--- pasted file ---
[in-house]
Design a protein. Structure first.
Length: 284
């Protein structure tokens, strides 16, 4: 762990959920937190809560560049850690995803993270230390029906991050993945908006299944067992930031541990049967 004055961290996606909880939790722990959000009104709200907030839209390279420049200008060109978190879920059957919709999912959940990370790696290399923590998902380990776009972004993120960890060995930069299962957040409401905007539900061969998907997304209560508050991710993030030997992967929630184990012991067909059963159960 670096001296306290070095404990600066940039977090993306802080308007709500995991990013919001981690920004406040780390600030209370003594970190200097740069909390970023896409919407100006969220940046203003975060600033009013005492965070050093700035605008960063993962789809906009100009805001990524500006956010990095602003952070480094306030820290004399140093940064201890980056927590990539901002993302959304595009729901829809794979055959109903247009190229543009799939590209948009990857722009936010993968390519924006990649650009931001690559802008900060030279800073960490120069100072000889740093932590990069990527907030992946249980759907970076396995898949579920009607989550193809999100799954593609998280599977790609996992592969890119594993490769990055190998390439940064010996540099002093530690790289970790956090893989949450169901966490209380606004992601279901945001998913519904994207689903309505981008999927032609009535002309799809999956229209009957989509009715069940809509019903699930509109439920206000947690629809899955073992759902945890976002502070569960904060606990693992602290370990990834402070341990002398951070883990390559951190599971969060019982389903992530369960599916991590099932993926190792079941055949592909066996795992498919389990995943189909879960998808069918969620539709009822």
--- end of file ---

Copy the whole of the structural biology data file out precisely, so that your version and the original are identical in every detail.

[in-house]
Design a protein. Structure first.
Length: 284
């Protein structure tokens, strides 16, 4: 762990959920937190809560560049850690995803993270230390029906991050993945908006299944067992930031541990049967 004055961290996606909880939790722990959000009104709200907030839209390279420049200008060109978190879920059957919709999912959940990370790696290399923590998902380990776009972004993120960890060995930069299962957040409401905007539900061969998907997304209560508050991710993030030997992967929630184990012991067909059963159960 670096001296306290070095404990600066940039977090993306802080308007709500995991990013919001981690920004406040780390600030209370003594970190200097740069909390970023896409919407100006969220940046203003975060600033009013005492965070050093700035605008960063993962789809906009100009805001990524500006956010990095602003952070480094306030820290004399140093940064201890980056927590990539901002993302959304595009729901829809794979055959109903247009190229543009799939590209948009990857722009936010993968390519924006990649650009931001690559802008900060030279800073960490120069100072000889740093932590990069990527907030992946249980759907970076396995898949579920009607989550193809999100799954593609998280599977790609996992592969890119594993490769990055190998390439940064010996540099002093530690790289970790956090893989949450169901966490209380606004992601279901945001998913519904994207689903309505981008999927032609009535002309799809999956229209009957989509009715069940809509019903699930509109439920206000947690629809899955073992759902945890976002502070569960904060606990693992602290370990990834402070341990002398951070883990390559951190599971969060019982389903992530369960599916991590099932993926190792079941055949592909066996795992498919389990995943189909879960998808069918969620539709009822």